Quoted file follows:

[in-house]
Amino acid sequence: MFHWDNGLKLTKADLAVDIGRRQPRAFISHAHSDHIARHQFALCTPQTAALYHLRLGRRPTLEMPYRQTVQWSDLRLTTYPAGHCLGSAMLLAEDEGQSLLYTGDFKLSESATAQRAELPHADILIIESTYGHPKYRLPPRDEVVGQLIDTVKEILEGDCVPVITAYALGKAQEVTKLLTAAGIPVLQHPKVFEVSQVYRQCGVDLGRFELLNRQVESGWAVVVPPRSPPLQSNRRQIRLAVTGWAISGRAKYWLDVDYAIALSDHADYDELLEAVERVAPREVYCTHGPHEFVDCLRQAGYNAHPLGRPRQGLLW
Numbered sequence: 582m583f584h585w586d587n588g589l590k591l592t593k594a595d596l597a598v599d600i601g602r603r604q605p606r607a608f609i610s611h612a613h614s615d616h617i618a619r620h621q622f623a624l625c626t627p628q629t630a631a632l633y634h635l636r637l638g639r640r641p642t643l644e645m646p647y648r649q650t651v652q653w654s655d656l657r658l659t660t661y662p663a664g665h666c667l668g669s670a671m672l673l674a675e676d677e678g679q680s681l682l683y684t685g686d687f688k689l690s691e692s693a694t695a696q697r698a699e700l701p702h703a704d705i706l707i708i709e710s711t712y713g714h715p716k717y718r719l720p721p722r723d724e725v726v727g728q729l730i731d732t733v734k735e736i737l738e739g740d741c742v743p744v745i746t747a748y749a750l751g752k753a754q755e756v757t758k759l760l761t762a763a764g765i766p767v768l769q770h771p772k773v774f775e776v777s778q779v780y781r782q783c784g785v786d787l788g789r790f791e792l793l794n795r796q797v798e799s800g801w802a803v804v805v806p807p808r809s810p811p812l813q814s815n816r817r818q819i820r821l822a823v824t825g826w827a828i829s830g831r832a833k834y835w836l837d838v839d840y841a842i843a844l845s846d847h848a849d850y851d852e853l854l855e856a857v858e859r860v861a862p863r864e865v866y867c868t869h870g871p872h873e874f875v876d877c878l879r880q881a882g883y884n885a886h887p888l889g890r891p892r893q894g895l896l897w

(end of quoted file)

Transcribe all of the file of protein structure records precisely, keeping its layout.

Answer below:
[in-house]
Amino acid sequence: MFHWDNGLKLTKADLAVDIGRRQPRAFISHAHSDHIARHQFALCTPQTAALYHLRLGRRPTLEMPYRQTVQWSDLRLTTYPAGHCLGSAMLLAEDEGQSLLYTGDFKLSESATAQRAELPHADILIIESTYGHPKYRLPPRDEVVGQLIDTVKEILEGDCVPVITAYALGKAQEVTKLLTAAGIPVLQHPKVFEVSQVYRQCGVDLGRFELLNRQVESGWAVVVPPRSPPLQSNRRQIRLAVTGWAISGRAKYWLDVDYAIALSDHADYDELLEAVERVAPREVYCTHGPHEFVDCLRQAGYNAHPLGRPRQGLLW
Numbered sequence: 582m583f584h585w586d587n588g589l590k591l592t593k594a595d596l597a598v599d600i601g602r603r604q605p606r607a608f609i610s611h612a613h614s615d616h617i618a619r620h621q622f623a624l625c626t627p628q629t630a631a632l633y634h635l636r637l638g639r640r641p642t643l644e645m646p647y648r649q650t651v652q653w654s655d656l657r658l659t660t661y662p663a664g665h666c667l668g669s670a671m672l673l674a675e676d677e678g679q680s681l682l683y684t685g686d687f688k689l690s691e692s693a694t695a696q697r698a699e700l701p702h703a704d705i706l707i708i709e710s711t712y713g714h715p716k717y718r719l720p721p722r723d724e725v726v727g728q729l730i731d732t733v734k735e736i737l738e739g740d741c742v743p744v745i746t747a748y749a750l751g752k753a754q755e756v757t758k759l760l761t762a763a764g765i766p767v768l769q770h771p772k773v774f775e776v777s778q779v780y781r782q783c784g785v786d787l788g789r790f791e792l793l794n795r796q797v798e799s800g801w802a803v804v805v806p807p808r809s810p811p812l813q814s815n816r817r818q819i820r821l822a823v824t825g826w827a828i829s830g831r832a833k834y835w836l837d838v839d840y841a842i843a844l845s846d847h848a849d850y851d852e853l854l855e856a857v858e859r860v861a862p863r864e865v866y867c868t869h870g871p872h873e874f875v876d877c878l879r880q881a882g883y884n885a886h887p888l889g890r891p892r893q894g895l896l897w